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Barrow v. Dartmouth House Nursing Home, Inc., et al. (Lawyers Weekly No. 11-095-14)

NOTICE:  All slip opinions and orders are subject to formal revision and are superseded by the advance sheets and bound volumes of the Official Reports.  If you find a typographical error or other formal error, please notify the Reporter of Decisions, Supreme Judicial Court, John Adams Courthouse, 1 Pemberton Square, Suite 2500, Boston, MA 02108-1750; (617) 557-1030; SJCReporter@sjc.state.ma.us   13-P-1375                                       Appeals Court   SCOTT R. BARROW, executor,[1]  vs.  DARTMOUTH HOUSE NURSING HOME, INC.,[2] & others.[3] No. 13-P-1375. Essex.     April 8, 2014.  –  August 18, 2014. Present:  Kafker, Brown, & Sikora, JJ. Nursing Home.  Arbitration, Parties, Stay of judicial proceedings, Confirmation of award.  Contract, Arbitration, Parties, Validity, Third party beneficiary.  Agency, Scope of authority or employment.  Health Care Proxy.  Estoppel.  Practice, Civil, Stay of proceedings.       Civil action commenced in the Superior Court Department on May 26, 2010.   The case was heard by Robert A. Cornetta, J.   John Vail, of the District of Columbia (David J. Hoey with him) for the plaintiff. Tory A. Weigand (Noel B. Dumas with him) for the defendants.     KAFKER, J.  The enforceability of arbitration agreements signed on behalf of family members being assisted in the nursing home admission process has been the subject of a recent constellation of cases.  See, e.g., Miller v. Cotter, 448 Mass. 671, 679-684 (2007); Johnson v. Kindred Healthcare, Inc., 466 Mass. 779, 781-789 (2014), and Licata v. GGNSC Malden Dexter LLC, 466 Mass. 793, 796-799 (2014).  Here, the plaintiff, Scott R. Barrow, signed such an arbitration agreement on behalf of his ninety-six year old mother, Elizabeth Barrow, as he helped her enter the Brandon Woods Long Term Care Facility (nursing home).  After she was allegedly beaten and strangled to death by her ninety-seven year old roommate, Scott[4] brought, in his capacity as executor of his mother’s estate, a multicount suit in Superior Court.[5]  The Superior Court judge ordered all claims to arbitration.  The arbitrator decided all claims in favor of the defendants, and Scott appealed on the grounds that the arbitration agreement was unenforceable. We agree that the arbitration agreement was not enforceable and reverse the decision of the judge compelling arbitration.  Scott did not have a durable power of attorney.  Nor was he acting as his mother’s guardian or conservator.  A health care proxy, as the Supreme Judicial Court has previously held, is insufficient to authorize the health care agent to sign an arbitration agreement.  There was no evidence or suggestion that Scott’s mother specifically authorized him to sign the arbitration agreement.  The agreement, by its express terms, was not a requirement of admission to the nursing home.  We also conclude that Scott did not sign the arbitration agreement in his individual capacity and […]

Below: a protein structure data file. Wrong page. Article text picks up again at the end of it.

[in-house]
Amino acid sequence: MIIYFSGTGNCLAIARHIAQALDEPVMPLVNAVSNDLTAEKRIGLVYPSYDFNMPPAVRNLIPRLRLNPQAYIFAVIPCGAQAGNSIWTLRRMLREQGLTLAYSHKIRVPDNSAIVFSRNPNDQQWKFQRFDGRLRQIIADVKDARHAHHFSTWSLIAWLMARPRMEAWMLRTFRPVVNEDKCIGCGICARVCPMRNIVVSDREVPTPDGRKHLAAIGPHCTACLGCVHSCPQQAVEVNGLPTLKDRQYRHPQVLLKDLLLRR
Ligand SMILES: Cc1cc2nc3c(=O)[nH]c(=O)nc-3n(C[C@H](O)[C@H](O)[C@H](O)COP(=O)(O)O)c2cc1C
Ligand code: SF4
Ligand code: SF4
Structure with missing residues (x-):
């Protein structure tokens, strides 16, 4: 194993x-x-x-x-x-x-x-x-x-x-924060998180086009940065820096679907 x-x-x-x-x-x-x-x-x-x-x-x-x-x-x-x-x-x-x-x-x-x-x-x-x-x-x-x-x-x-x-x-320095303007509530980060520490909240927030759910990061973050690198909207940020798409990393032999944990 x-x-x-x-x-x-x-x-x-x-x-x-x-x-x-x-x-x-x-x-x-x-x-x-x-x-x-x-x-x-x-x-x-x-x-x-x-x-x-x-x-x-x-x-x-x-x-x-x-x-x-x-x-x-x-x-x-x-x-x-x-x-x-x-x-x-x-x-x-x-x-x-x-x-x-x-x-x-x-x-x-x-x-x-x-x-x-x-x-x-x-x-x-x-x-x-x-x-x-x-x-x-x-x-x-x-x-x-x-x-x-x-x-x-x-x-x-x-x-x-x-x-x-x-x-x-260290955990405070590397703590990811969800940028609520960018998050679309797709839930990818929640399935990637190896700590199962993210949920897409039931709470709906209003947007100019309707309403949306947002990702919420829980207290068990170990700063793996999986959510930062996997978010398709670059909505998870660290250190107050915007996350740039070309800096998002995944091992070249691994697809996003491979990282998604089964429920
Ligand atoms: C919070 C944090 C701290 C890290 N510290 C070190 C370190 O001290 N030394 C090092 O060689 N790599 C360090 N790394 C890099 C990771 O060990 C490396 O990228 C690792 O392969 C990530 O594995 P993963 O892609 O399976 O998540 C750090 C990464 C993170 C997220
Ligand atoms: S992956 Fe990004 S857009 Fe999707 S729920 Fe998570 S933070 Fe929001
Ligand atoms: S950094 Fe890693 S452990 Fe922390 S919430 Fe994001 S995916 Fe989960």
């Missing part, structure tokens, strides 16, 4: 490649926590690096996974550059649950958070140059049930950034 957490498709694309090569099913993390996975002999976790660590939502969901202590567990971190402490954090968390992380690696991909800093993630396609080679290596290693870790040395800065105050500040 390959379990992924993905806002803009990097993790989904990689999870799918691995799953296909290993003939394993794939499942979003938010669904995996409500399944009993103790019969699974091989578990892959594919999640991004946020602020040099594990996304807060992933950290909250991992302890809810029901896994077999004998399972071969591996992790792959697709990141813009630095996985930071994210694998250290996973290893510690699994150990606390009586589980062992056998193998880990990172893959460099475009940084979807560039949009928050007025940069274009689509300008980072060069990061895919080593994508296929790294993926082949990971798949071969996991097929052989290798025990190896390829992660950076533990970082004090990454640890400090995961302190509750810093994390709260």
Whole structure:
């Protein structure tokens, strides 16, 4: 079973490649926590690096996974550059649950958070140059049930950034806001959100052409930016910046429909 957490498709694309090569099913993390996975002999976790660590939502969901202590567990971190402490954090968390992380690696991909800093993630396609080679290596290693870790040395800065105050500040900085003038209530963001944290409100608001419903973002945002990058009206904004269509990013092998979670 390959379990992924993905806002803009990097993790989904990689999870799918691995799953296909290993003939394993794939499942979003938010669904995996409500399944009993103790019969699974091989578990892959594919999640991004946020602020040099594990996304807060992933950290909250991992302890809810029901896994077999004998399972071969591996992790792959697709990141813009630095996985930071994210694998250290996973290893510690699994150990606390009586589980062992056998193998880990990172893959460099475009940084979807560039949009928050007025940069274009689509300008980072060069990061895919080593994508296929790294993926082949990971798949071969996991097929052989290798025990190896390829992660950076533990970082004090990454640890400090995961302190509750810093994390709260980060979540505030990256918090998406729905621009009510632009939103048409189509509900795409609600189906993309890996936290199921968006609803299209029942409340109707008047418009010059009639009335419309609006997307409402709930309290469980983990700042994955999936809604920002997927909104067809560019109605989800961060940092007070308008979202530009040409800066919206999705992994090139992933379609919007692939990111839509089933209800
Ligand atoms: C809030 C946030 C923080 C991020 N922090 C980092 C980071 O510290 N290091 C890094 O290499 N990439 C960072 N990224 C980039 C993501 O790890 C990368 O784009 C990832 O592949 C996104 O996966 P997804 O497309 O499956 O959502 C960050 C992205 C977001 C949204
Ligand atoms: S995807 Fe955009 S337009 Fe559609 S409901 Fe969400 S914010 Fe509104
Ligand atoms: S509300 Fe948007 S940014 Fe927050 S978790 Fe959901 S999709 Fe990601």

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Posted by Massachusetts Legal Resources - August 19, 2014 at 9:20 pm

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